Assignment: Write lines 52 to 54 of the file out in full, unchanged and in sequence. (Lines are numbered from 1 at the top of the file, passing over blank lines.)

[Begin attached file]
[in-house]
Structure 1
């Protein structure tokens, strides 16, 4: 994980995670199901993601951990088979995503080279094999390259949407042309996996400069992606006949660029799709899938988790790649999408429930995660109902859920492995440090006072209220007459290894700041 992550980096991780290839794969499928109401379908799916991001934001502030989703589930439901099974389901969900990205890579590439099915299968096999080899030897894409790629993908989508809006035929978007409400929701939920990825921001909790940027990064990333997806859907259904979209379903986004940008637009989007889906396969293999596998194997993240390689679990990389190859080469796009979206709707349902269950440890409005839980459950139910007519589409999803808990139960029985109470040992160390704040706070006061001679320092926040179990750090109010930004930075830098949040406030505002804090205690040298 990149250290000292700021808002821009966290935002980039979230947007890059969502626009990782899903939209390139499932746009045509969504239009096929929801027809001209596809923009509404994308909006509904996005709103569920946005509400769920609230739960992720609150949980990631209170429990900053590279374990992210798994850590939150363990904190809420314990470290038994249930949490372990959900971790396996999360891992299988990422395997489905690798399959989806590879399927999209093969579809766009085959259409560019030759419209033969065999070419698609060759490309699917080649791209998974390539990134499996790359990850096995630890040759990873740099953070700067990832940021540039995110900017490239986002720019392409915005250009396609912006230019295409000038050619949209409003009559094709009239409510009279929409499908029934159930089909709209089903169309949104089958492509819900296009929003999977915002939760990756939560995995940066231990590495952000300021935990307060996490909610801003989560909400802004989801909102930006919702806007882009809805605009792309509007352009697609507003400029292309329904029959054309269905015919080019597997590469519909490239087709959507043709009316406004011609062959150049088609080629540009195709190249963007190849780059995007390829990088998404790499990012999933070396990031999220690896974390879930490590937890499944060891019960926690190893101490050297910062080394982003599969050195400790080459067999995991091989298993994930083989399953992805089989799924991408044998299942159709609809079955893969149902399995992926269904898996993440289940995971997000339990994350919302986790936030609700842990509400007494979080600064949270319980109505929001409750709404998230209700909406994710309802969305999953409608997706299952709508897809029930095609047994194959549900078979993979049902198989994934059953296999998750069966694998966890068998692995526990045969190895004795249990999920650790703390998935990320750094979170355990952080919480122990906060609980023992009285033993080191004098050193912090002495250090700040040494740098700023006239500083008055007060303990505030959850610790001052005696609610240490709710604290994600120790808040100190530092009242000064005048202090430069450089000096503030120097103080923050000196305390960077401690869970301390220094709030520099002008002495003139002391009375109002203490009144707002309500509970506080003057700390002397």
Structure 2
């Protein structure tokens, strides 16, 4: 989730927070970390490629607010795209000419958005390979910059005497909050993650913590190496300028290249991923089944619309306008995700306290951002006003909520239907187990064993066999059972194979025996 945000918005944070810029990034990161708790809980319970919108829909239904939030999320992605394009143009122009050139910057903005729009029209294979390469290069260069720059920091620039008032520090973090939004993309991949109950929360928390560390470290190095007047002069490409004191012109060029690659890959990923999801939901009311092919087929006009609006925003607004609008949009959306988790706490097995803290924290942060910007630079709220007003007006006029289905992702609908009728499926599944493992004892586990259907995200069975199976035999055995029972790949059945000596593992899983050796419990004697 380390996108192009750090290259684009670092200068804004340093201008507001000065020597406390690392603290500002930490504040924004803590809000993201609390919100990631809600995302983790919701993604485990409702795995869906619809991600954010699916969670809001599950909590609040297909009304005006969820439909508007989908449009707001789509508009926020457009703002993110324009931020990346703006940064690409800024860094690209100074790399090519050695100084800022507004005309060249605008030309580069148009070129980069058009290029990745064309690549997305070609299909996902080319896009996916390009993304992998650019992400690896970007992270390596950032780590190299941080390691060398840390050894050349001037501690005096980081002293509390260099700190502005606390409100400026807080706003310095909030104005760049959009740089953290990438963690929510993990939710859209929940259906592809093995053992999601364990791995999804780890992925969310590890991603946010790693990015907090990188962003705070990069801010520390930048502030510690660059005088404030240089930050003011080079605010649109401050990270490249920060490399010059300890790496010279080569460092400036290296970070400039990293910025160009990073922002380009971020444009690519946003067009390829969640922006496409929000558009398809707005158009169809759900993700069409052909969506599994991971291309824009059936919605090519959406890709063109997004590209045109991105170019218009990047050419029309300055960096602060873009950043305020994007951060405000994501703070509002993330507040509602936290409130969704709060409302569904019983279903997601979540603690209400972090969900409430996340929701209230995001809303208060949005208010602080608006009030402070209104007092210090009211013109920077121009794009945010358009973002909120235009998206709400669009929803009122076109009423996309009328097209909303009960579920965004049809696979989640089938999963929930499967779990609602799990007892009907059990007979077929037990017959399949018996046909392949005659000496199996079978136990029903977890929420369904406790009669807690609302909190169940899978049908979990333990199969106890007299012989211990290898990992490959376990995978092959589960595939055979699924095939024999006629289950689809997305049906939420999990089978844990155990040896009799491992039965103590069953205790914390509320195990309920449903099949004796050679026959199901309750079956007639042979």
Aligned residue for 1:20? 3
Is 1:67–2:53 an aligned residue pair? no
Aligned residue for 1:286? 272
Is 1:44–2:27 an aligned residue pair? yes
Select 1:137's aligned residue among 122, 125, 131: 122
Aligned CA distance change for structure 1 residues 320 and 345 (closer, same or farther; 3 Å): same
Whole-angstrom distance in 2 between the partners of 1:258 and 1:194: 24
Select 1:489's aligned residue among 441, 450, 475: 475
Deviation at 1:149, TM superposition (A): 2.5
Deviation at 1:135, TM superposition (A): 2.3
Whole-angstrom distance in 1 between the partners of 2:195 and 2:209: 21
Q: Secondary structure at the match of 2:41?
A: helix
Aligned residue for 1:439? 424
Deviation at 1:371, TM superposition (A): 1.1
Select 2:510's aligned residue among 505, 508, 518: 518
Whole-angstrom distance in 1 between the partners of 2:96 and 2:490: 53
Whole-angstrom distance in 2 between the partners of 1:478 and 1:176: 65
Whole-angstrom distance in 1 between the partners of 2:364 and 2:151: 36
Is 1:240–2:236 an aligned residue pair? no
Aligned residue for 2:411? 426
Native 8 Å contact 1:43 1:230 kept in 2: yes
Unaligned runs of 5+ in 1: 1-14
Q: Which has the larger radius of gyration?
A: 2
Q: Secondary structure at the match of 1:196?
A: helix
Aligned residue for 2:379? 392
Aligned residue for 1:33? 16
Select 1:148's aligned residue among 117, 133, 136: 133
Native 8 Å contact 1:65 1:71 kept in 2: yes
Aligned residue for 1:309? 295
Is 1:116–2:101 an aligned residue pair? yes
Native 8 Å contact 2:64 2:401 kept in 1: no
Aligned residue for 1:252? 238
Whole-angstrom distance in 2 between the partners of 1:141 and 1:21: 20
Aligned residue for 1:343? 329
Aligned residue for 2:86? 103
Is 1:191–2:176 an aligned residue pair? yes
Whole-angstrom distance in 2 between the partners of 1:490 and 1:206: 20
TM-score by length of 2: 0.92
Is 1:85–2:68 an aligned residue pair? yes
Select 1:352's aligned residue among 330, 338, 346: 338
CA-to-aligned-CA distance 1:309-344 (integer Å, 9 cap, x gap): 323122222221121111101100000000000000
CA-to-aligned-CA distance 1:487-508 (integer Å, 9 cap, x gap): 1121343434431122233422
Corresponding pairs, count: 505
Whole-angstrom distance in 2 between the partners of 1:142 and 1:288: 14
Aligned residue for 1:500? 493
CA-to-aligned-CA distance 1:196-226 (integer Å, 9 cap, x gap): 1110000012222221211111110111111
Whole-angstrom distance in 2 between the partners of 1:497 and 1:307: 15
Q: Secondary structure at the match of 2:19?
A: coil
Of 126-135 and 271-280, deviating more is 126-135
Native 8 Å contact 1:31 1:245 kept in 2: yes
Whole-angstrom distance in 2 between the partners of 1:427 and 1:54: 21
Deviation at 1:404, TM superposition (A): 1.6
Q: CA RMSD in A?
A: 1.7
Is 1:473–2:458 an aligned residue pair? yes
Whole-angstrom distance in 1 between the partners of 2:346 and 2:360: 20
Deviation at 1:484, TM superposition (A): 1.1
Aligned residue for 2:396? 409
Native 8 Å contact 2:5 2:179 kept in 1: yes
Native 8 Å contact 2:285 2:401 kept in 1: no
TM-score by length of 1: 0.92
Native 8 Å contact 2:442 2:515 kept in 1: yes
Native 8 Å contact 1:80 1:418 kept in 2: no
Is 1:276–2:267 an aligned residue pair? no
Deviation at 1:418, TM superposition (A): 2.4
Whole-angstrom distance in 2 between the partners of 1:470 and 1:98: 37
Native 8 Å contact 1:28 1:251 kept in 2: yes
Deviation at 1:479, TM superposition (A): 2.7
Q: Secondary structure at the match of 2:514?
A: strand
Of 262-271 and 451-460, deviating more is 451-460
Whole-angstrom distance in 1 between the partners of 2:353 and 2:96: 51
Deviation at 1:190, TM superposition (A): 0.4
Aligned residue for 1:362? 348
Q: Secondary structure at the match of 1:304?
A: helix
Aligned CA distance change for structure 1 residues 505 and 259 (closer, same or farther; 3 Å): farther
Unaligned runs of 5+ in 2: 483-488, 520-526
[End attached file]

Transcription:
Whole-angstrom distance in 2 between the partners of 1:142 and 1:288: 14
Aligned residue for 1:500? 493
CA-to-aligned-CA distance 1:196-226 (integer Å, 9 cap, x gap): 1110000012222221211111110111111